News on the environment isn't always bad
Thanks to a ban on CFCs, the ozone layer will soon mend. It could offer a model for tackling climate change.
SAN FRANCISCO — In the world of environmentalism, things can often seem rather bleak. Rare species from Barrow to Borneo are likely going extinct before they are even discovered. Rain forests are shrinking. Greenhouse gases, it sometimes seems, are turning the atmosphere into a giant toaster oven.
Then came the news late last month: According to Australian scientists, the hole in the ozone layer a symbol of human environmental destruction so universal that it became the punch line in an Austin Powers movie will begin closing in three years. Thanks to international efforts to ban certain chemicals, the opening would shut by 2050.
In light of the sense of approaching apocalypse on many conservation issues, this is a success story more common than many people might expect. It highlights a history of progress on some of the most serious environmental problems of the past 30 years from clean air to panda bears.
The progress is far from complete. Environmental threats are perhaps more varied and widespread than they have ever been. Yet the success in the atmosphere above Antarctica, and improvements in several other areas, suggests that when the global community identifies a problem and unifies behind a solution, it can reverse even the most dire environmental disasters.
The success of some international environmental measures often receives little attention. Indeed, the ozone reforms could provide at least a framework for how to move forward on the first great green issue of the 21st century: climate change.
"It's an untold story," says Daniel Esty, a professor of environmental law at Yale University in New Haven, Conn. "It's a good example that well-designed programs can work."
Strictly speaking, the news that the ozone layer is on the mend is not a surprise. The timeline fits nicely with the one laid out by the Montreal Protocol, which in 1987 required nations to cut their use of chorofluorocarbons (CFCs), the chemicals causing the problem.
In an unrelated but confusing development this week, American scientists say the ozone hole is currently 88 percent smaller than normal. But that's a function of unusual weather, and scientists expect the hole to expand again.
By contrast, the gradual and human- induced shrinking of the hole reported in the Australian study is permanent, and in that respect, more significant. It is further confirmation of a surprisingly positive global track record on the environment one that is often lost amid the desire to point out how bad things are, rather than chronicle how much better they have gotten in recent decades.
As an example of the nationwide improvement in air quality, experts note that Los Angeles this year enjoyed its third consecutive summer without a single smog alert. (In the 1970s, 80 alerts a year were not unusual.) They suggest that the international campaign to save the whales saved the whales, that global bans on chemicals like DDT revitalized bird populations like the bald eagle, and that acid rain has been cut by more than half in Europe and the United States during the past few decades.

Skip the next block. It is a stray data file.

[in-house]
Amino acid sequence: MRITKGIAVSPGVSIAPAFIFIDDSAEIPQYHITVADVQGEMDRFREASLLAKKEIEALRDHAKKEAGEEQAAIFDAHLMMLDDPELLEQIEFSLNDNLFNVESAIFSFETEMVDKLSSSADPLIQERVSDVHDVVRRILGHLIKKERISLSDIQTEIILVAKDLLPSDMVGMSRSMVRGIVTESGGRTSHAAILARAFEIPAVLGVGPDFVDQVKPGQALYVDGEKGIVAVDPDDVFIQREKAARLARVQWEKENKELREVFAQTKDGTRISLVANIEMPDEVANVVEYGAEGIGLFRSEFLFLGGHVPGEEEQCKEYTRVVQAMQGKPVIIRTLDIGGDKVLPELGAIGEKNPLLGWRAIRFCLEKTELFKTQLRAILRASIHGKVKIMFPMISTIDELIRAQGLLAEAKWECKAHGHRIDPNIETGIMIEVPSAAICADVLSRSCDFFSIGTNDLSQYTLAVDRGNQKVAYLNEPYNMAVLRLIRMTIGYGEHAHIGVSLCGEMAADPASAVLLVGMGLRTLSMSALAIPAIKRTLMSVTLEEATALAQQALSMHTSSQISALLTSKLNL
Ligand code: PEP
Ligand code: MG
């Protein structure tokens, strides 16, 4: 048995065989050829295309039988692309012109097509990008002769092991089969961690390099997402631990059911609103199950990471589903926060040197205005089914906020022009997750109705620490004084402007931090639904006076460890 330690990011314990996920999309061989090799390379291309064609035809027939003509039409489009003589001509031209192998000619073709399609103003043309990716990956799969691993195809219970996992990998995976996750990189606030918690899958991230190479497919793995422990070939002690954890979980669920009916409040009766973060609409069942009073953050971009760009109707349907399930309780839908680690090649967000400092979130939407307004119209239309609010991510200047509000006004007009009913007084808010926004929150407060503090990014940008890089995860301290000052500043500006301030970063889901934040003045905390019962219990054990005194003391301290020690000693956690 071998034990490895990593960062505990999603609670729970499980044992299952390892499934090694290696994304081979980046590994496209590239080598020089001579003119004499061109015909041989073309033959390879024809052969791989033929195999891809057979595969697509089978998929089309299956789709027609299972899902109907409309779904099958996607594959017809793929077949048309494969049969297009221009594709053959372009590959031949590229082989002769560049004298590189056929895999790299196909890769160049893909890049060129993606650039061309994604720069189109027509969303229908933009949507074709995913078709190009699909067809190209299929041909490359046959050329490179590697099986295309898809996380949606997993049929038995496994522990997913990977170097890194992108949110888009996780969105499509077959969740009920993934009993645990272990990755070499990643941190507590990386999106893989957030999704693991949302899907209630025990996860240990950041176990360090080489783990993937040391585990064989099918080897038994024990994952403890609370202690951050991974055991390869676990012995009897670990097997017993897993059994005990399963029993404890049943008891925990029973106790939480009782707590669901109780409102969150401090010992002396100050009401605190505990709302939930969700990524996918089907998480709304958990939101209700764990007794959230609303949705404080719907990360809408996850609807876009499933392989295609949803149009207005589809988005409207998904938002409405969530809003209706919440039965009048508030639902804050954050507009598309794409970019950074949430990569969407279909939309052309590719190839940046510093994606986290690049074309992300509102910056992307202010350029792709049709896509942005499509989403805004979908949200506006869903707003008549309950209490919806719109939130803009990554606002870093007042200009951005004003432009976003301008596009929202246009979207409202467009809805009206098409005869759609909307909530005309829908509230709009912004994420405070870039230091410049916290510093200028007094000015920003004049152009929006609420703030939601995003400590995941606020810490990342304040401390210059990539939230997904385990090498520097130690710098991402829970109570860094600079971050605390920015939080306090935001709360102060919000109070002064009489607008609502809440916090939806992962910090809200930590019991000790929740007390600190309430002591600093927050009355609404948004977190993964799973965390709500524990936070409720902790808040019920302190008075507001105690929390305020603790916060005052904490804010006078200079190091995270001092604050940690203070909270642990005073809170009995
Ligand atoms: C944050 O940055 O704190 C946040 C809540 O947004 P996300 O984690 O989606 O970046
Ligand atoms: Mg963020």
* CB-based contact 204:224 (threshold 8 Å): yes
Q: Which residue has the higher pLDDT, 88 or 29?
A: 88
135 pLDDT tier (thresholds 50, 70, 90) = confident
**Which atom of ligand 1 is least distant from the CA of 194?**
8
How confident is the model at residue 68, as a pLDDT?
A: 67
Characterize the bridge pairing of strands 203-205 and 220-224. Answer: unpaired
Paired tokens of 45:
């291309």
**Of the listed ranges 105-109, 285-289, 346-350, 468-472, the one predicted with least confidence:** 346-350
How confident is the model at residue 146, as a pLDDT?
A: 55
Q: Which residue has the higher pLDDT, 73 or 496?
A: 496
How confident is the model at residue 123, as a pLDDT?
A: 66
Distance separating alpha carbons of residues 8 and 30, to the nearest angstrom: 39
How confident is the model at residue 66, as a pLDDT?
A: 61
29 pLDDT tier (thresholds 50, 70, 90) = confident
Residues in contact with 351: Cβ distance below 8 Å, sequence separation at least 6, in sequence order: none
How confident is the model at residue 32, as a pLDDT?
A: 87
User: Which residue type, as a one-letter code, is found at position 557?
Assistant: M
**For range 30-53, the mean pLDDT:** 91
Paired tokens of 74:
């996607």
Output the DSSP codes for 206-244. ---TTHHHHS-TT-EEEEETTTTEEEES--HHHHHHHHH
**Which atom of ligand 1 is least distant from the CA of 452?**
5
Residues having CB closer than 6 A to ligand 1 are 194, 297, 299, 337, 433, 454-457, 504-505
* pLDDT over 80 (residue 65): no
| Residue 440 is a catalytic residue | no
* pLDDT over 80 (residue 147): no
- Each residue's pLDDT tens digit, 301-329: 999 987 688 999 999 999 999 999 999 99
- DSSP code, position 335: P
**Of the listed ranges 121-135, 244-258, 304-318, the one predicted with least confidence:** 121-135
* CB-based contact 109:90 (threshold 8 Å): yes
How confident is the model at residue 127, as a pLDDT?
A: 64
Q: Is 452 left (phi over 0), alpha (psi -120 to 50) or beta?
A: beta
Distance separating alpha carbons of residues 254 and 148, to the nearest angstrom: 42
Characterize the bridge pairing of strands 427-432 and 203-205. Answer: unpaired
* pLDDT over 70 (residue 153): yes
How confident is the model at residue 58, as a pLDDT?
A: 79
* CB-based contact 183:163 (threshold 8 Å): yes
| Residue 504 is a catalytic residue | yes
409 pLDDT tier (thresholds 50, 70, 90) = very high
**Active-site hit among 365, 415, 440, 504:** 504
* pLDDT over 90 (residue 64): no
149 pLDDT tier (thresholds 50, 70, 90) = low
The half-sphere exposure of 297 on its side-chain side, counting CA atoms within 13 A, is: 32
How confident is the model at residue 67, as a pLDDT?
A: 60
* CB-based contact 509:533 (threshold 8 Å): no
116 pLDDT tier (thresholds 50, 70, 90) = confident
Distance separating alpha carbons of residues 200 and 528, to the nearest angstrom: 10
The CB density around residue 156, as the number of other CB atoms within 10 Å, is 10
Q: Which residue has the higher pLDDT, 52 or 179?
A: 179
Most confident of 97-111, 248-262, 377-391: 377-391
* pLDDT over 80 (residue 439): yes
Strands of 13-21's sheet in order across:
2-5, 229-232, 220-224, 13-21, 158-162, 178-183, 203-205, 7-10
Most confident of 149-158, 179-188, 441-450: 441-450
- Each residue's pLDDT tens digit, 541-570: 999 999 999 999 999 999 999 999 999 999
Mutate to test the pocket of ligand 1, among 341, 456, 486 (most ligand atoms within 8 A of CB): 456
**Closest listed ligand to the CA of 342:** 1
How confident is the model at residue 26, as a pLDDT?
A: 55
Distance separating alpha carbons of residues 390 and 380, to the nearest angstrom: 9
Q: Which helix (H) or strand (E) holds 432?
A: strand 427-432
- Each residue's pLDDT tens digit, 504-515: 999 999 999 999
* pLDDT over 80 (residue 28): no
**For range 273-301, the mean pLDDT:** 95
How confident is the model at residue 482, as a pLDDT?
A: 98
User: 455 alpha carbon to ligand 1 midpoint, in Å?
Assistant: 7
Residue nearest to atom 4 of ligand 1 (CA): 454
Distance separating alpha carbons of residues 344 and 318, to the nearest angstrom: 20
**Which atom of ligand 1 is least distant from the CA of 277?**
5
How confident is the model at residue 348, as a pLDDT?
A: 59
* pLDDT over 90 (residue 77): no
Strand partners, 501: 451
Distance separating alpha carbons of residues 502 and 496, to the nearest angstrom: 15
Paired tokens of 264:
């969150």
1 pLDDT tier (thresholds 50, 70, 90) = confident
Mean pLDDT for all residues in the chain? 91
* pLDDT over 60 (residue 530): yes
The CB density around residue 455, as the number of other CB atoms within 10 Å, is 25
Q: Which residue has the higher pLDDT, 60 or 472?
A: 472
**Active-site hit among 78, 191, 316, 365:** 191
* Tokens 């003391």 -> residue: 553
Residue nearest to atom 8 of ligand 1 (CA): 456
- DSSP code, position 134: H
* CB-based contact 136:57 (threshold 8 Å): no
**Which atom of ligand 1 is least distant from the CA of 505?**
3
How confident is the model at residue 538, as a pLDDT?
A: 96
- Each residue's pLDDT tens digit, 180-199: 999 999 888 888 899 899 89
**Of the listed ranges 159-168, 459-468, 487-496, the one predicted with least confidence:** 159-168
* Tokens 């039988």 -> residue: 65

Activists will gladly and rightly proclaim that a phalanx of other issues from biodiversity to fishing rights has either been largely ignored by the international community or mangled by less successful regulations. But many domestic and international programs have "absolutely" had a significant impact on the environment, says Karim Ahmed of the National Council on Science and the Environment in Washington.
The Montreal Protocol "is the most dramatic example," he adds, and it offers insight into how and when environmental reforms are successful.
For one, there needs to be a crisis that grabs the public's attention and scientific proof of it, whether it's a decline in cuddly Chinese bears or a rise in lead poisonings.
When two scientists in 1974 posited that CFCs were eating away at the ozone layer, which protects the Earth from the sun's ultraviolet rays, a few companies discontinued offending aerosol cans, but the reaction was muted. In 1985, however, researchers looked at the Antarctic atmosphere and found that CFCs were thinning a massive section of the ozone layer. Suddenly, public health always the greatest motivating factor in environmental reform was at risk, creating a sense of urgency.
The Montreal Protocol followed, and businesses, which had estimated that the cost of phasing out CFCs would be devastating, were pressured to find economic alternatives and did. "Once industry, science, and politics got together, it started to move quickly," says Stephen Andersen, author of "Protecting the Ozone Layer." "It turned out to be fairly painless."
To some, there are clear parallels between the emergence of the problems with the ozone layer and the current questions over global warming. If science does prove a significant link between greenhouse gases and global warming and can show how that is hurting humans many expect a similar sort of urgency to follow.
But many of the similarities end there. Global warming is representative of the new environmental challenges of the 21st century, says Dr. Esty of Yale. The broad reforms of the 1980s and '90s went a long way toward cleaning up the biggest polluters. Now, global warming and other issues will have to take the fight to the ordinary modern citizen.
"The scale of this issue is 500 million times more complicated," says Esty. "You're implicating every business, every family that drives an automobile."